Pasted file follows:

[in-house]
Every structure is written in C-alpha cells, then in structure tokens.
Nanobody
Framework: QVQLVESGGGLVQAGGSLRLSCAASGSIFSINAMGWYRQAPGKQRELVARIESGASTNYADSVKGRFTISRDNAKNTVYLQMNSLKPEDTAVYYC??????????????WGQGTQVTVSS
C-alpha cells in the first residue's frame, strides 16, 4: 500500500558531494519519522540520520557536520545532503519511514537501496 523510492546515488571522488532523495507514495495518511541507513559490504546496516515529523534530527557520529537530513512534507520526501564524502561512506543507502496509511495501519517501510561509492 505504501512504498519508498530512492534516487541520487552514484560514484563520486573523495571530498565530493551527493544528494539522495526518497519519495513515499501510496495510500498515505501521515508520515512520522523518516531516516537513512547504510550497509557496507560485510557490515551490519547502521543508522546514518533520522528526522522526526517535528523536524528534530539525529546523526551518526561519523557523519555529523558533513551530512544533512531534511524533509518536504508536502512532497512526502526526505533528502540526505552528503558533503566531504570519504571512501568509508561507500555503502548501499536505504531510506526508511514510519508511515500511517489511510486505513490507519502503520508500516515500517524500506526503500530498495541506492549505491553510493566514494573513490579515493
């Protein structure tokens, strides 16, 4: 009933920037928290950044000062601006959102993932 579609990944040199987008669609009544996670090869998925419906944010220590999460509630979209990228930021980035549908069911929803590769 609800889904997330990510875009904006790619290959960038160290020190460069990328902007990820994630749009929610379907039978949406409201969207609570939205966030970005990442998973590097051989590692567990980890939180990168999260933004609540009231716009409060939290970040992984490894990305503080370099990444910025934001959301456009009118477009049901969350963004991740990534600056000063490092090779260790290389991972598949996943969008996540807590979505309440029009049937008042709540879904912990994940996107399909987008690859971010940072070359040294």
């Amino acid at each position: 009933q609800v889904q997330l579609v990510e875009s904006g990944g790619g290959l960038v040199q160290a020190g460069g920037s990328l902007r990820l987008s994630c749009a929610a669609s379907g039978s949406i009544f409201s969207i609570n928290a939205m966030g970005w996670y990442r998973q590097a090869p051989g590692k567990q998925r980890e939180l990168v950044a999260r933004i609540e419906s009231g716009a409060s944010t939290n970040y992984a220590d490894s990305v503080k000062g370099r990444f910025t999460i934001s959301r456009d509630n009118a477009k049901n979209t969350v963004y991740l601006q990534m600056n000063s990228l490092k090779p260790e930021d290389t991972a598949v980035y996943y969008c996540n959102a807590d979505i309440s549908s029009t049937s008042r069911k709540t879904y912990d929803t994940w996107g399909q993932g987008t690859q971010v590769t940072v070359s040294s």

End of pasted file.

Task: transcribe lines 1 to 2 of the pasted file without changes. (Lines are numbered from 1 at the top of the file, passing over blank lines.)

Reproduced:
[in-house]
Every structure is written in C-alpha cells, then in structure tokens.